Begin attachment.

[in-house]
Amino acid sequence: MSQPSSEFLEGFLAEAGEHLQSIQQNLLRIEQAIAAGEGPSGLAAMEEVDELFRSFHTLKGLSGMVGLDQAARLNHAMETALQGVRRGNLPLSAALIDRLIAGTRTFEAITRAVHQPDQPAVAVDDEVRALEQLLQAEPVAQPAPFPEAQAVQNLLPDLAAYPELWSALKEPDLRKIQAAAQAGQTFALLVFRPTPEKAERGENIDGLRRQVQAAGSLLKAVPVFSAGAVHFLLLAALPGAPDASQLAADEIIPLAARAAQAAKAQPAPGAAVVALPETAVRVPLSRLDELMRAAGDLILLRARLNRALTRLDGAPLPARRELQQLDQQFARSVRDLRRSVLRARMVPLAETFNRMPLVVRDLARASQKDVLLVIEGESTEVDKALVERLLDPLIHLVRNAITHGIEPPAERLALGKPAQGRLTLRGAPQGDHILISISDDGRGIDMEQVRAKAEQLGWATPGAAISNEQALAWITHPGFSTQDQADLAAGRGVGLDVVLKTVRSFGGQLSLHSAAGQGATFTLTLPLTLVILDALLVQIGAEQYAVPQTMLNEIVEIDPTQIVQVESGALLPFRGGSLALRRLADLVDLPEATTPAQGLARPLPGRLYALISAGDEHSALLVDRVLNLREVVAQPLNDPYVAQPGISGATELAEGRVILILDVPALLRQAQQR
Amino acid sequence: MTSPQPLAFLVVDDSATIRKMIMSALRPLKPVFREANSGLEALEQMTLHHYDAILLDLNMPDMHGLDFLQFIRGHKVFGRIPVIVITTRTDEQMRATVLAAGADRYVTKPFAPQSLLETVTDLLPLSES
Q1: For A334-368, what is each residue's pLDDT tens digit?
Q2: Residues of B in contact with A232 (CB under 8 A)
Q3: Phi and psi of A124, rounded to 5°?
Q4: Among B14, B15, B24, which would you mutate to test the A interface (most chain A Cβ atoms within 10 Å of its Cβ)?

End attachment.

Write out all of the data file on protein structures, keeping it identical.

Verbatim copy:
[in-house]
Amino acid sequence: MSQPSSEFLEGFLAEAGEHLQSIQQNLLRIEQAIAAGEGPSGLAAMEEVDELFRSFHTLKGLSGMVGLDQAARLNHAMETALQGVRRGNLPLSAALIDRLIAGTRTFEAITRAVHQPDQPAVAVDDEVRALEQLLQAEPVAQPAPFPEAQAVQNLLPDLAAYPELWSALKEPDLRKIQAAAQAGQTFALLVFRPTPEKAERGENIDGLRRQVQAAGSLLKAVPVFSAGAVHFLLLAALPGAPDASQLAADEIIPLAARAAQAAKAQPAPGAAVVALPETAVRVPLSRLDELMRAAGDLILLRARLNRALTRLDGAPLPARRELQQLDQQFARSVRDLRRSVLRARMVPLAETFNRMPLVVRDLARASQKDVLLVIEGESTEVDKALVERLLDPLIHLVRNAITHGIEPPAERLALGKPAQGRLTLRGAPQGDHILISISDDGRGIDMEQVRAKAEQLGWATPGAAISNEQALAWITHPGFSTQDQADLAAGRGVGLDVVLKTVRSFGGQLSLHSAAGQGATFTLTLPLTLVILDALLVQIGAEQYAVPQTMLNEIVEIDPTQIVQVESGALLPFRGGSLALRRLADLVDLPEATTPAQGLARPLPGRLYALISAGDEHSALLVDRVLNLREVVAQPLNDPYVAQPGISGATELAEGRVILILDVPALLRQAQQR
Amino acid sequence: MTSPQPLAFLVVDDSATIRKMIMSALRPLKPVFREANSGLEALEQMTLHHYDAILLDLNMPDMHGLDFLQFIRGHKVFGRIPVIVITTRTDEQMRATVLAAGADRYVTKPFAPQSLLETVTDLLPLSES
Q1: For A334-368, what is each residue's pLDDT tens digit?
Q2: Residues of B in contact with A232 (CB under 8 A)
Q3: Phi and psi of A124, rounded to 5°?
Q4: Among B14, B15, B24, which would you mutate to test the A interface (most chain A Cβ atoms within 10 Å of its Cβ)?